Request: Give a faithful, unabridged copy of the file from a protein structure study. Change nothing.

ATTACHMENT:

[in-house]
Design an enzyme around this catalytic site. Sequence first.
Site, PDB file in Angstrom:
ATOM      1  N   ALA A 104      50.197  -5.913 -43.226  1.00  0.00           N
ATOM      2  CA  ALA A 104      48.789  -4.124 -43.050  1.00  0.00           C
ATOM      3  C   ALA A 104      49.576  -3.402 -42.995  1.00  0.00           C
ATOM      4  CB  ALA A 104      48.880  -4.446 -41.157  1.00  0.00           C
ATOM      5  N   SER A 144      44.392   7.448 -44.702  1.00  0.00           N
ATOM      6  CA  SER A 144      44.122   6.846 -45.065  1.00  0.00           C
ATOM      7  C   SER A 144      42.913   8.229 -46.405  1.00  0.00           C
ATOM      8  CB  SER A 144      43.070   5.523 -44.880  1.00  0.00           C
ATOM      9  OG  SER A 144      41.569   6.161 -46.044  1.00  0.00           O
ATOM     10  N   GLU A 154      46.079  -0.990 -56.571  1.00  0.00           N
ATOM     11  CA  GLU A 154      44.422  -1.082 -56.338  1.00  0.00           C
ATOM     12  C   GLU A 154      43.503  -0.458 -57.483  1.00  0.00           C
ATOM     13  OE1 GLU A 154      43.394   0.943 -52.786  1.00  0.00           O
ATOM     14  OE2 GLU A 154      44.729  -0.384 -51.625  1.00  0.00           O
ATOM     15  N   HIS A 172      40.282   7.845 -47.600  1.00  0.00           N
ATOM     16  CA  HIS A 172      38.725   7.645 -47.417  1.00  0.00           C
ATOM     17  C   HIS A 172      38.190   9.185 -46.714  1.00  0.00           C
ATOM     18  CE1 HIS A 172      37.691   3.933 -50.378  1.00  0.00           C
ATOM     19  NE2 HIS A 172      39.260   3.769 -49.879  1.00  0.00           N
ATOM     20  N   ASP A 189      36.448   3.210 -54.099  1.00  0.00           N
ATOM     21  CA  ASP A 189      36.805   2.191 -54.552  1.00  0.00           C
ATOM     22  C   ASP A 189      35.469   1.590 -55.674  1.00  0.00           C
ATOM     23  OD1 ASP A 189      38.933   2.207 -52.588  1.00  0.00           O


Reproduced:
[in-house]
Design an enzyme around this catalytic site. Sequence first.
Site, PDB file in Angstrom:
ATOM      1  N   ALA A 104      50.197  -5.913 -43.226  1.00  0.00           N
ATOM      2  CA  ALA A 104      48.789  -4.124 -43.050  1.00  0.00           C
ATOM      3  C   ALA A 104      49.576  -3.402 -42.995  1.00  0.00           C
ATOM      4  CB  ALA A 104      48.880  -4.446 -41.157  1.00  0.00           C
ATOM      5  N   SER A 144      44.392   7.448 -44.702  1.00  0.00           N
ATOM      6  CA  SER A 144      44.122   6.846 -45.065  1.00  0.00           C
ATOM      7  C   SER A 144      42.913   8.229 -46.405  1.00  0.00           C
ATOM      8  CB  SER A 144      43.070   5.523 -44.880  1.00  0.00           C
ATOM      9  OG  SER A 144      41.569   6.161 -46.044  1.00  0.00           O
ATOM     10  N   GLU A 154      46.079  -0.990 -56.571  1.00  0.00           N
ATOM     11  CA  GLU A 154      44.422  -1.082 -56.338  1.00  0.00           C
ATOM     12  C   GLU A 154      43.503  -0.458 -57.483  1.00  0.00           C
ATOM     13  OE1 GLU A 154      43.394   0.943 -52.786  1.00  0.00           O
ATOM     14  OE2 GLU A 154      44.729  -0.384 -51.625  1.00  0.00           O
ATOM     15  N   HIS A 172      40.282   7.845 -47.600  1.00  0.00           N
ATOM     16  CA  HIS A 172      38.725   7.645 -47.417  1.00  0.00           C
ATOM     17  C   HIS A 172      38.190   9.185 -46.714  1.00  0.00           C
ATOM     18  CE1 HIS A 172      37.691   3.933 -50.378  1.00  0.00           C
ATOM     19  NE2 HIS A 172      39.260   3.769 -49.879  1.00  0.00           N
ATOM     20  N   ASP A 189      36.448   3.210 -54.099  1.00  0.00           N
ATOM     21  CA  ASP A 189      36.805   2.191 -54.552  1.00  0.00           C
ATOM     22  C   ASP A 189      35.469   1.590 -55.674  1.00  0.00           C
ATOM     23  OD1 ASP A 189      38.933   2.207 -52.588  1.00  0.00           O